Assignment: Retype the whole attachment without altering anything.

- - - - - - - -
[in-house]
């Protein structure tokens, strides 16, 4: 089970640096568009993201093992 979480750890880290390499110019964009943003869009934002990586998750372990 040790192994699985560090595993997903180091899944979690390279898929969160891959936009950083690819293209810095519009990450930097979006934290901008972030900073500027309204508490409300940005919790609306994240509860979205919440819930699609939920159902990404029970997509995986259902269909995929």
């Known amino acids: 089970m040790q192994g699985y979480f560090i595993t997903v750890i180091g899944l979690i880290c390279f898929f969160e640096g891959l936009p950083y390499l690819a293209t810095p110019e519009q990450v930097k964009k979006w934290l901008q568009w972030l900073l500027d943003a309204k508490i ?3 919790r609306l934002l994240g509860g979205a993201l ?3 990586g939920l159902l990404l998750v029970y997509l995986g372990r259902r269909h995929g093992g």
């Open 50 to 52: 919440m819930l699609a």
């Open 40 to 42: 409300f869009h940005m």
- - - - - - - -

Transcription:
[in-house]
């Protein structure tokens, strides 16, 4: 089970640096568009993201093992 979480750890880290390499110019964009943003869009934002990586998750372990 040790192994699985560090595993997903180091899944979690390279898929969160891959936009950083690819293209810095519009990450930097979006934290901008972030900073500027309204508490409300940005919790609306994240509860979205919440819930699609939920159902990404029970997509995986259902269909995929």
């Known amino acids: 089970m040790q192994g699985y979480f560090i595993t997903v750890i180091g899944l979690i880290c390279f898929f969160e640096g891959l936009p950083y390499l690819a293209t810095p110019e519009q990450v930097k964009k979006w934290l901008q568009w972030l900073l500027d943003a309204k508490i ?3 919790r609306l934002l994240g509860g979205a993201l ?3 990586g939920l159902l990404l998750v029970y997509l995986g372990r259902r269909h995929g093992g």
């Open 50 to 52: 919440m819930l699609a």
């Open 40 to 42: 409300f869009h940005m």